Regulatory intervention is necessary to overcome market failures. However, this kind of intervention may also create Protection for Sale conditions in the market—which might, in turn, lead to an inefficient resource allocation. This paper examines the effect of an indirect intervention on regulated market welfare under Optimal Regulation and Protection for Sale conditions. Although under Optimal Regulation conditions there is zero welfare-loss as it derives from Differential Price Policy (DPP), it seems that under substantial Protection for Sale conditions this price policy increases the welfare-loss, and therefore a Uniform Price Policy (UPP) might achieve a smaller welfare-loss—due to the “free-riding” effect. Furthermore, this paper suggests that in between these two price policies lays a third option, a Combined Price Policy, that can balance between the accurate resource allocation (DPP) and the political pressure reduction (UPP) in order to reduce the welfare-loss and to increase the market efficiency.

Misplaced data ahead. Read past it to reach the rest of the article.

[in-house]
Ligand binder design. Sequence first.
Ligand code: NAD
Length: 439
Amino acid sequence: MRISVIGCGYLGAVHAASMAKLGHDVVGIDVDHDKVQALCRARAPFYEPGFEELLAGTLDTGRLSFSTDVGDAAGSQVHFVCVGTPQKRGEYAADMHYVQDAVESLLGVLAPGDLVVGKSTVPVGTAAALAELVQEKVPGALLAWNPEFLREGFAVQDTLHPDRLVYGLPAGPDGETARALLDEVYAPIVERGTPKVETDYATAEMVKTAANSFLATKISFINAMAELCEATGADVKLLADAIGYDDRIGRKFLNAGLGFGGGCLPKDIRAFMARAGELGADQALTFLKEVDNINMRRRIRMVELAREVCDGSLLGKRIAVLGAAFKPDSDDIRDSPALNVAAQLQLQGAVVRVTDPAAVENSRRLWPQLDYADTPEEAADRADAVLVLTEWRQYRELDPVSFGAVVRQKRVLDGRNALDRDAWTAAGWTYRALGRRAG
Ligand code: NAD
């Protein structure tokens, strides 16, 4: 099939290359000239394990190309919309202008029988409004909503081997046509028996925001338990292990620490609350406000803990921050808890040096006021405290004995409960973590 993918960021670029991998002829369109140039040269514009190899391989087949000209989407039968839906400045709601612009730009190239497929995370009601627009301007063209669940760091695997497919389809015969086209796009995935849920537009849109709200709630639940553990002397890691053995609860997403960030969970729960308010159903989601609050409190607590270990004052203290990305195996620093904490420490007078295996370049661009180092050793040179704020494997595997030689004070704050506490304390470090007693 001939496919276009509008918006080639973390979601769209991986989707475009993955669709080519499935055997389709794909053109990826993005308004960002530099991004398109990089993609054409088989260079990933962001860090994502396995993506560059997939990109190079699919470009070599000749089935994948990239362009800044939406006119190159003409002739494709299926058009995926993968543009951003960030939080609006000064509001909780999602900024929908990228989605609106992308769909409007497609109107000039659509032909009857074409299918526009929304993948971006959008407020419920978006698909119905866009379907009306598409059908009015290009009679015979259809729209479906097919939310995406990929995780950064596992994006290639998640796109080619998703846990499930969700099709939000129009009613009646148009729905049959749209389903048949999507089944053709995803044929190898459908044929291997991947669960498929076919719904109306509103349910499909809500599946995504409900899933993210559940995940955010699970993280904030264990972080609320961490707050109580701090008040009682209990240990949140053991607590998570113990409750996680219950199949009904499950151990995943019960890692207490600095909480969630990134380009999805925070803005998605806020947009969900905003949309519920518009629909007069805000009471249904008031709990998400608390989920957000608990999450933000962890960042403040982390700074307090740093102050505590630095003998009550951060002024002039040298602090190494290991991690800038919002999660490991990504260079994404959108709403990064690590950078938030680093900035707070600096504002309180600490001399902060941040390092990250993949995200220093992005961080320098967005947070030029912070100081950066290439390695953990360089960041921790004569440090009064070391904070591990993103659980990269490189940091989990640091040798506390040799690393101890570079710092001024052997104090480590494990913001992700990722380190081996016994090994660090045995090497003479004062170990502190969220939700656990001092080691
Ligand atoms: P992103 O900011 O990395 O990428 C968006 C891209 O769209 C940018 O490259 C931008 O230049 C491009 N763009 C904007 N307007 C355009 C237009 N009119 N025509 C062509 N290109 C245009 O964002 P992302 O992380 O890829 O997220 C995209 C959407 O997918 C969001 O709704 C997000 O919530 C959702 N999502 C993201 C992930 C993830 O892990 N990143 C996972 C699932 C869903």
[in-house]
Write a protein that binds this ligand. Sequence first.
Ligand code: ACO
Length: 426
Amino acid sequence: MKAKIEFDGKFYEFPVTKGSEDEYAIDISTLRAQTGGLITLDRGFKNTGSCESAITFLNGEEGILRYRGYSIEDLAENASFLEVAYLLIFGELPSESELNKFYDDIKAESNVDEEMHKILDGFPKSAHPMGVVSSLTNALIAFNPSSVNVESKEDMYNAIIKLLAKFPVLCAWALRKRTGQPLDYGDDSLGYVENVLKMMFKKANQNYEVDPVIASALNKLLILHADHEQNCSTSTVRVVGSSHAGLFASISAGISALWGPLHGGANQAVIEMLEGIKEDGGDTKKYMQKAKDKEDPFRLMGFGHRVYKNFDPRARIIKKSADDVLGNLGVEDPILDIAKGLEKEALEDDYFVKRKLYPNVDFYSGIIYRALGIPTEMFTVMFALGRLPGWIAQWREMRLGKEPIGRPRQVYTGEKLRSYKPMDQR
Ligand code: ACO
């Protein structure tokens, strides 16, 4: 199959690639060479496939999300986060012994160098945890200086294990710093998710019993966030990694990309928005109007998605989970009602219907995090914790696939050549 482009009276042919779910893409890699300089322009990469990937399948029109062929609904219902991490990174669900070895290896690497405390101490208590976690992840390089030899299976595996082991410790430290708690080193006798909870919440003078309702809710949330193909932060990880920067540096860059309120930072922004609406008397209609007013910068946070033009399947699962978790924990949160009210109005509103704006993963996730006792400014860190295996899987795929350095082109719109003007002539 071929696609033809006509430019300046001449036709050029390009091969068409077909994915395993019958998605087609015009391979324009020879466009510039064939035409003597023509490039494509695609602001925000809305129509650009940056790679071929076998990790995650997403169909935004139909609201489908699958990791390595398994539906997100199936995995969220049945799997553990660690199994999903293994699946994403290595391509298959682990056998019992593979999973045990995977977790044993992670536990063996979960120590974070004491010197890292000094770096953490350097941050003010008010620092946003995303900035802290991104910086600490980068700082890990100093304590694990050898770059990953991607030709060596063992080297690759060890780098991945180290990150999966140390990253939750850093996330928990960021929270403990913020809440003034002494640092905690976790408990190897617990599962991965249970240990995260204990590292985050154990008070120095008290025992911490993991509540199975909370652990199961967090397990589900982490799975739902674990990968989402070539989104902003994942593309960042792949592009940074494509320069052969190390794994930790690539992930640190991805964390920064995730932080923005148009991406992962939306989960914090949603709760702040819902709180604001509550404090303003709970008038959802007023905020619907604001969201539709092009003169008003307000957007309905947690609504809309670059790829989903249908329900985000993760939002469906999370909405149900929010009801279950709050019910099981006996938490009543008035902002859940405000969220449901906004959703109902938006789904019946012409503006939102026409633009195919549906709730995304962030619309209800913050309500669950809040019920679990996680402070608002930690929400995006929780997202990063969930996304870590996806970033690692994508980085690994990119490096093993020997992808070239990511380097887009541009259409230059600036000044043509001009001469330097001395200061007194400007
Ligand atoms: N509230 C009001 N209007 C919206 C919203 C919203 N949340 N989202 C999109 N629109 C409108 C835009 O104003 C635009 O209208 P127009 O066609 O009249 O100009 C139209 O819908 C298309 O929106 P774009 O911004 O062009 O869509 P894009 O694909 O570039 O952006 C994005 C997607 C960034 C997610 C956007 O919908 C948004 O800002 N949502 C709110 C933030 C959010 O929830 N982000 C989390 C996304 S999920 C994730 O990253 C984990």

Bibliographical noteFunding Information:
Acknowledgements The author thanks Prof. Israel Finkelshtain and Dr. Iddo Kan for their guidance. Moreover, the author thanks the anonymous referees for their helpful comments. The research in this paper was partially sponsored by a Graduate Scholarship from the Hebrew University of Jerusalem.
© 2018, Springer Science+Business Media, LLC, part of Springer Nature.
- Protection for Sale
- Regulatory policy
ASJC Scopus subject areas
- Economics and Econometrics